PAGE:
USDA's Joint Ag Weather Facility says in the Corn Belt, showers are confined to the far upper Midwest, including the eastern Dakotas. "Elsewhere, the Midwest's worst drought since 1988 continues to expand and intensify — and temperatures are returning to near- or above-normal levels — maintaining severe stress on corn and soybeans," USDA reports.
In the West, USDA says monsoon showers are confined to the Desert Southwest. "Hot weather prevails elsewhere, except in the southern Rockies and along the Pacific Coast," USDA explains. In the Northwest, heat is promoting fieldwork, summer crop development and winter wheat maturation, USDA adds.
On the Plains, USDA says heat is building across the northern half of the region, where today's highs will approach or reach 100°F. "On the northern High Plains, the hot weather is promoting winter wheat maturation but stressing spring-sown small grains," USDA reports. Elsewhere, unfavorably dry weather has returned to the southern Plains, according to USDA.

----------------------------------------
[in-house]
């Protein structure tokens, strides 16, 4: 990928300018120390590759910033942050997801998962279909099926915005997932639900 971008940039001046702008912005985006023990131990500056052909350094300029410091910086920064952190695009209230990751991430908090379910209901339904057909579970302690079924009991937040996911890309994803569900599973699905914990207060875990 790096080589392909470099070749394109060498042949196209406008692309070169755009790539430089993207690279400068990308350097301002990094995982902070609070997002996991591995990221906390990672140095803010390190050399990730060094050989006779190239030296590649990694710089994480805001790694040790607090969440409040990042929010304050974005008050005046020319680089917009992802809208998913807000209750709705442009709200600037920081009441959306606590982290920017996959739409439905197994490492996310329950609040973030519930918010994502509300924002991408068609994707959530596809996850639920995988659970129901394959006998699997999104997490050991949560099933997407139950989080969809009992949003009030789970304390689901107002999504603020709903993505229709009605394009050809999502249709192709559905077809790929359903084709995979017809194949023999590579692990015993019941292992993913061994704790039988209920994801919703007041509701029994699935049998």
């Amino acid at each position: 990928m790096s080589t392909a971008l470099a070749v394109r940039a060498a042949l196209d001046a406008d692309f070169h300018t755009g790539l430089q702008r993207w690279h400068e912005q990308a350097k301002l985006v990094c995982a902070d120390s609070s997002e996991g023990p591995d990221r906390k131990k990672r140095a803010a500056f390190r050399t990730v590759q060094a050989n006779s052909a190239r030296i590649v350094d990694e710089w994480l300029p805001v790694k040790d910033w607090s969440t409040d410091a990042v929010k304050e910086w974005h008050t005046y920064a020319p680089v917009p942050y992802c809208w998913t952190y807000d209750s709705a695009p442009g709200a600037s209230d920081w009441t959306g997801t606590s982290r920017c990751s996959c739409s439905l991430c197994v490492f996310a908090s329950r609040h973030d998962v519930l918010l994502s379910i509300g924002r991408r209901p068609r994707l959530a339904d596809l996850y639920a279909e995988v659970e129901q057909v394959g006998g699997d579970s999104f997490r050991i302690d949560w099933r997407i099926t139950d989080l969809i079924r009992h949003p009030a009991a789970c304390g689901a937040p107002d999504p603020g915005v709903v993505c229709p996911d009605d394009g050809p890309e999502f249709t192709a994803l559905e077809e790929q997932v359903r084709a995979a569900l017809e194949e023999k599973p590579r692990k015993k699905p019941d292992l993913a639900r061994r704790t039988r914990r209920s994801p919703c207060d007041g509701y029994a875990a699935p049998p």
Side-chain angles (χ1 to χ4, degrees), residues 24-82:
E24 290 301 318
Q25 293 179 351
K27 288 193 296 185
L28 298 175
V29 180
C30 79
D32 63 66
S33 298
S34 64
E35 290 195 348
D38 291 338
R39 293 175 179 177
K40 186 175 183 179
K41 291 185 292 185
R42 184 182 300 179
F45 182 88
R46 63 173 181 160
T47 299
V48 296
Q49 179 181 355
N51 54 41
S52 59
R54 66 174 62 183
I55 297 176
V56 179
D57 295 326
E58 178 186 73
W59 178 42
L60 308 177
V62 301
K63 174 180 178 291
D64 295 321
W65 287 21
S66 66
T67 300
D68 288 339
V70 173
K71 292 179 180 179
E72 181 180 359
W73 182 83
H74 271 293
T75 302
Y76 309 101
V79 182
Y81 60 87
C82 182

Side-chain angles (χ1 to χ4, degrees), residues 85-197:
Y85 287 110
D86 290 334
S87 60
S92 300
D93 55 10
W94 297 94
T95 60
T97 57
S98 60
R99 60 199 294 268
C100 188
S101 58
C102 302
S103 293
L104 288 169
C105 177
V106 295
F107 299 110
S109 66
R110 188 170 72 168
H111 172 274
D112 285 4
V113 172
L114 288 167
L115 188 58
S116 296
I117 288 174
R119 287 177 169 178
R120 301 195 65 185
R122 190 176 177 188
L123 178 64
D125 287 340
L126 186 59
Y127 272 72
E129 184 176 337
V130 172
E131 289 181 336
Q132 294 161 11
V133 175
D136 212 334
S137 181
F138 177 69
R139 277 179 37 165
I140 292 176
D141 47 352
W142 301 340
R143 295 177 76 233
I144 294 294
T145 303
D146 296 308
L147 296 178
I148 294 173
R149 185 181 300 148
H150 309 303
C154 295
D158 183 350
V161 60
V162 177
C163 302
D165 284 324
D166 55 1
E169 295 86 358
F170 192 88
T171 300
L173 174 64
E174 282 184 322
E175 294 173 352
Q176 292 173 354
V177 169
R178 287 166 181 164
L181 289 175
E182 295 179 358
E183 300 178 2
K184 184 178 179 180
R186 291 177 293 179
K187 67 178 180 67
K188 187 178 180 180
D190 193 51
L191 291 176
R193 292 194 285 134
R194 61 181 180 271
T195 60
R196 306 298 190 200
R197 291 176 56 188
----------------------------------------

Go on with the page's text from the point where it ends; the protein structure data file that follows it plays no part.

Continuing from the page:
In the South, rain continues to ease drought, although dry weather has returned to the northwestern corner of the region (e.g., Arkansas), USDA says. "Currently, the heaviest rain is falling from the western Gulf Coast region northeastward into central and eastern Tennessee," it adds.
USDA's outlook says a deep pool of atmospheric moisture over the Southeast will continue to focus drought-easing rainfall. "Additional rainfall totals of 2 to 4 inches can be expected from the western Gulf Coast region into the Tennessee Valley," USDA adds. However, USDA says very little rain is forecast to spread north of the Ohio River, which will leave much of the Corn Belt in desperate need of moisture. "Generally light, late-week showers will fall, however, across the upper Midwest," USDA explains. Elsewhere, monsoon showers will expand northward from the Desert Southwest, reaching the northern Rockies by week’s end, according to USDA. "Although much of the nation will not experience extreme heat during the next several days, temperatures across the Plains and Midwest will be high enough to maintain stress on crops in drought-affected areas," USDA reports.